-- Bob McQuiston, Classical Lost and Found (, P090411)


The album cover may not always appear.
Matthews, D.: Music of Dawn, Conc in Azzurro (vc), Vision & a…; Johnston/Gamba/BBC P [Chandos]
Any not ashamed to admit they like contemporary classical music that's listener friendly and may even border on the cinematic should investigate this disc of orchestral works by British composer David Matthews (b. 1943). Known as a symphonist of considerable scope and ability in his native England (he's written seven symphonies to date), this new Chandos release should bring him many new admirers in other parts of the world. The three selections offered are all world première recordings, and provide a fine introduction to this talented composer.

The Music of Dawn is a symphonic poem that Matthews wrote between 1989 and 1990. It was inspired by a painting of the same name (see the album cover above) by British artist Cecil Collins (1908-1989), whose work the composer greatly admired. It's a highly programmatic, brilliantly orchestrated piece that's most engaging.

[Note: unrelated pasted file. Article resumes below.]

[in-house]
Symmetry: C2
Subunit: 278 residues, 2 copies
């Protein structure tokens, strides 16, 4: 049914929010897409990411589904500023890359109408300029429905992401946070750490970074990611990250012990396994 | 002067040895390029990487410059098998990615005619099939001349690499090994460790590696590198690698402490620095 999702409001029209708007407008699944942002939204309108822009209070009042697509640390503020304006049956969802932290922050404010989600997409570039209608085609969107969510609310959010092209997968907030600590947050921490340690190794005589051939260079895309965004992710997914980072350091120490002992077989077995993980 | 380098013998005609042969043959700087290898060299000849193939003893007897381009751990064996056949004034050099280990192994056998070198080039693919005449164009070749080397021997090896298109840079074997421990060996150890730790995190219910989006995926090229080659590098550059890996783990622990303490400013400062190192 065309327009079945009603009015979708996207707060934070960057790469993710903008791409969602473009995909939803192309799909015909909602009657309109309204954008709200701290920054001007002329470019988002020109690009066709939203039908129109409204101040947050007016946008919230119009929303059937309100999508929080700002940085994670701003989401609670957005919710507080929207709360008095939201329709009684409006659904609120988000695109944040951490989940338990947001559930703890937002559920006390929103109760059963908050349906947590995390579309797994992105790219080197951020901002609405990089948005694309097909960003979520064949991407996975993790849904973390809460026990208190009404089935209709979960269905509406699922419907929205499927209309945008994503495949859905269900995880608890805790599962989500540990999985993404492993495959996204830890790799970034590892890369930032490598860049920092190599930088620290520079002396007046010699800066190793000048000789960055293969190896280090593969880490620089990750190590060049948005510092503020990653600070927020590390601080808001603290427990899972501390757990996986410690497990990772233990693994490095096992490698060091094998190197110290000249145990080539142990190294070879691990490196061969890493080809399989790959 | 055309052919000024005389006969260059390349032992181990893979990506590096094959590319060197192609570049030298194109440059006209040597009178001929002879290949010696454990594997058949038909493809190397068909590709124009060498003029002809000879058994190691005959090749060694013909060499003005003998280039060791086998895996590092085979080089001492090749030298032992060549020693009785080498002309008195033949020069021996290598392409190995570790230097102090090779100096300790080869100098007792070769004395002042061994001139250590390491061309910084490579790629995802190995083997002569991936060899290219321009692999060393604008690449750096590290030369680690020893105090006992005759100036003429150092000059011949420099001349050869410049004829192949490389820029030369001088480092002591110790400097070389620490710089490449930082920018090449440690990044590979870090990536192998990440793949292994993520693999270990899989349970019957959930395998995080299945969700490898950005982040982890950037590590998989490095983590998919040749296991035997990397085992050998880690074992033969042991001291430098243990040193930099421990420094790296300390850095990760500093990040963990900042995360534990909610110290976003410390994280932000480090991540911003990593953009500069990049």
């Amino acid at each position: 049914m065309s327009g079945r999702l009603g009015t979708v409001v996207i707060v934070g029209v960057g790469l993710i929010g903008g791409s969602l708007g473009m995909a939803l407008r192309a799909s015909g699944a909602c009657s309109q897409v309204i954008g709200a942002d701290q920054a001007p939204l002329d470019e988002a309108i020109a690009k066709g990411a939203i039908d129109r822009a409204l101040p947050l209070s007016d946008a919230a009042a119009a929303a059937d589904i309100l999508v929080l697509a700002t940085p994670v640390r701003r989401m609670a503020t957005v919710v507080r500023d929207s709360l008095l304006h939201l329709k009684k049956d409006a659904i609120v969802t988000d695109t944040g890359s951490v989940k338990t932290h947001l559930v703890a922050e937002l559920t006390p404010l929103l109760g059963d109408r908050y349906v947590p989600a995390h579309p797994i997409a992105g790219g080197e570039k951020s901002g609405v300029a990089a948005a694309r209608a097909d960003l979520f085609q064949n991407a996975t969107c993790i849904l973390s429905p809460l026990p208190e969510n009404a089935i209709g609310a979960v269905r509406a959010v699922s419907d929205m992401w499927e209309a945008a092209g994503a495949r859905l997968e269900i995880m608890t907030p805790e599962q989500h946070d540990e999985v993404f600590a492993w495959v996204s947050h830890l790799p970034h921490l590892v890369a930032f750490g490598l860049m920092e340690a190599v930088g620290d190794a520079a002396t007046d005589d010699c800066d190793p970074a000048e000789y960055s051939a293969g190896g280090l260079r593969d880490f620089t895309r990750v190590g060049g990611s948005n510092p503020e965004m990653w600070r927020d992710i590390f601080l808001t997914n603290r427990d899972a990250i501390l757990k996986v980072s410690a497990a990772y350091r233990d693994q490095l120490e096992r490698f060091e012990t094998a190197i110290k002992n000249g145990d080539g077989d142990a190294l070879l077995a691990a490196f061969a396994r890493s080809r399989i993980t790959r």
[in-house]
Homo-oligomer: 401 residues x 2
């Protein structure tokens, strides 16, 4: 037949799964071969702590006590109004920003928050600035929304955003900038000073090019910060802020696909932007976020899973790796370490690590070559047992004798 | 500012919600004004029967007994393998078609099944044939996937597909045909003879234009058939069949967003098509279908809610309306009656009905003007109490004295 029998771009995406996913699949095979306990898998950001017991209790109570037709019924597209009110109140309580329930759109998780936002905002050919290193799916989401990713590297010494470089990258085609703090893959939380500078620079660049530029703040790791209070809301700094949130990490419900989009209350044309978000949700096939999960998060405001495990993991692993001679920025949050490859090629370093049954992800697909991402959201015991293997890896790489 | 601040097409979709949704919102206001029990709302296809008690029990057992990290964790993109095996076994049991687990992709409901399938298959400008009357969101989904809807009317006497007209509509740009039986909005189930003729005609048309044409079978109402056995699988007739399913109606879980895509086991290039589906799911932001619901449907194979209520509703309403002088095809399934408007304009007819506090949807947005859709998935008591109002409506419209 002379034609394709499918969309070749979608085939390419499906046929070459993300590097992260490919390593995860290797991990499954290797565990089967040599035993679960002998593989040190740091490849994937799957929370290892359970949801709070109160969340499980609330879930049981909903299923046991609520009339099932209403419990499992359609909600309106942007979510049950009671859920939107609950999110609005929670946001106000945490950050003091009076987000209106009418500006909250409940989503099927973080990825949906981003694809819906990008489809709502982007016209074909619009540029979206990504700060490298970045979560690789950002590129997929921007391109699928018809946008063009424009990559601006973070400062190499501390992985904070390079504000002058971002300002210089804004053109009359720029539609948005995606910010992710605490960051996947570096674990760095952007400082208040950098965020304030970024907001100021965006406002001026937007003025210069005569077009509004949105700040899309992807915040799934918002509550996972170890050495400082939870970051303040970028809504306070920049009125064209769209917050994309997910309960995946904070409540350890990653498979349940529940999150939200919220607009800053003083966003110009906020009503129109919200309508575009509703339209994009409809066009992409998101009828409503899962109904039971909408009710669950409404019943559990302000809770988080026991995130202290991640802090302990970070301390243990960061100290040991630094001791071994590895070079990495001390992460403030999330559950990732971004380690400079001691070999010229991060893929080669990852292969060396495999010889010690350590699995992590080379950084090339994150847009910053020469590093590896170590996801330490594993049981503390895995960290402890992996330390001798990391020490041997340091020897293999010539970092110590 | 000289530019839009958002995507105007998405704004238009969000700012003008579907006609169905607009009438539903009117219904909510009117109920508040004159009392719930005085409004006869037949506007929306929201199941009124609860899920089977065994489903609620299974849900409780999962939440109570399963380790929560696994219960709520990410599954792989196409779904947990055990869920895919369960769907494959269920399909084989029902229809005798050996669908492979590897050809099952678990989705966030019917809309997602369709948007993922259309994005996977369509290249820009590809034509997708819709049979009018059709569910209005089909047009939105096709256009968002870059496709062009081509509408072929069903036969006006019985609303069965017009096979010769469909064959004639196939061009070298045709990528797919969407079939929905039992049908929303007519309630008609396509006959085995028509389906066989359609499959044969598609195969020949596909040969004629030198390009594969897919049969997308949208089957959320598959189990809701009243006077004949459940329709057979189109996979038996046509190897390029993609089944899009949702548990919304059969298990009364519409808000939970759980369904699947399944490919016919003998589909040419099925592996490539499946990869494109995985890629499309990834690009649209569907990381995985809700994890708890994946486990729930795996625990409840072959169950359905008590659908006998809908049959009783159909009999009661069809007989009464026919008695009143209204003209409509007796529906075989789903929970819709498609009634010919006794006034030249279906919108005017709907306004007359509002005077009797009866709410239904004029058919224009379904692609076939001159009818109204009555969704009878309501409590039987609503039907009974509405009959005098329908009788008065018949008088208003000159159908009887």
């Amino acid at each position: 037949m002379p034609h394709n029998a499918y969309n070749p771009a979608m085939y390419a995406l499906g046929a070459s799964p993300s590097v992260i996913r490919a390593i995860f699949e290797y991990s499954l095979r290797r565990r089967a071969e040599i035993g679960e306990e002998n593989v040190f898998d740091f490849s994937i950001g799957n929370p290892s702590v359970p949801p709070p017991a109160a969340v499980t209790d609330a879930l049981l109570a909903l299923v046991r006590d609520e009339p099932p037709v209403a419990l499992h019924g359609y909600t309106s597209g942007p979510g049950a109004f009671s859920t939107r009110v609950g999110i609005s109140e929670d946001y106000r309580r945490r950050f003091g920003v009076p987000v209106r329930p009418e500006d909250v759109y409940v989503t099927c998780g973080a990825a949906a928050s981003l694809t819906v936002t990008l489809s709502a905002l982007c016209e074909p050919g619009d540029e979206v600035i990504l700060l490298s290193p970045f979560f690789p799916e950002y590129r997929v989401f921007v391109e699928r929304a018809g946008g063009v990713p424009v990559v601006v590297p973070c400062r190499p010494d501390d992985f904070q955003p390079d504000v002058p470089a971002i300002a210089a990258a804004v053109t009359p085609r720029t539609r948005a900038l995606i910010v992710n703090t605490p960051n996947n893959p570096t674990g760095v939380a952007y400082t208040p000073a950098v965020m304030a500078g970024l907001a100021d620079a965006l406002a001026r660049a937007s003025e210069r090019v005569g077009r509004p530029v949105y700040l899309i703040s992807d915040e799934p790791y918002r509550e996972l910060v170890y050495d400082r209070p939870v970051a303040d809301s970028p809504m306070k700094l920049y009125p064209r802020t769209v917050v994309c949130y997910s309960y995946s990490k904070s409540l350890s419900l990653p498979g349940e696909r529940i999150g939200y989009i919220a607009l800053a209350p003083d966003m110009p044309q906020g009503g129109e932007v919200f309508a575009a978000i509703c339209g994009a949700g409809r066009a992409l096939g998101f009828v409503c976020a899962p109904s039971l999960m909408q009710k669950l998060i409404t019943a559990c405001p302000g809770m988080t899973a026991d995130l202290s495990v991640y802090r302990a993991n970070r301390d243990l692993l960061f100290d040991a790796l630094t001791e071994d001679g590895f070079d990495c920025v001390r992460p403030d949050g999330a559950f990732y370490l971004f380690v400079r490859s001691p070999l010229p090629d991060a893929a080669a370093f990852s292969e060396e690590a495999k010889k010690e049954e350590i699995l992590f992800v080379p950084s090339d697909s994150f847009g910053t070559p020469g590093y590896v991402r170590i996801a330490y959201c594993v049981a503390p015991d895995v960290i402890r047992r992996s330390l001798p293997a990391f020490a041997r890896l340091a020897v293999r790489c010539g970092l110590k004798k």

The quiet opening evokes a vast seascape shimmering with the early light of dawn reflected by passing Debussy wavelets [track-1 at 00:28, 00:35 and 00:46]. The trumpet introduces a mellifluous melody that's followed by some highly original scoring in which Matthews uses exotic percussion to simulate the sound of waves breaking over beach pebbles [track-2, beginning at 00:03]. And this is just the first of many magical moments in this radiant score! Restless winds then introduce a theme which represents the rising sun [track-2, beginning at 02:19], and in some ways anticipates Thomas Newman's (b. 1955) title tune for the highly acclaimed TV series Six Feet Under (2002-05). The music increases in tempo and intensity as the full light of day breaks forth, and the work concludes with a novalike outburst from the full orchestra, ending with a blazing cymbal crash.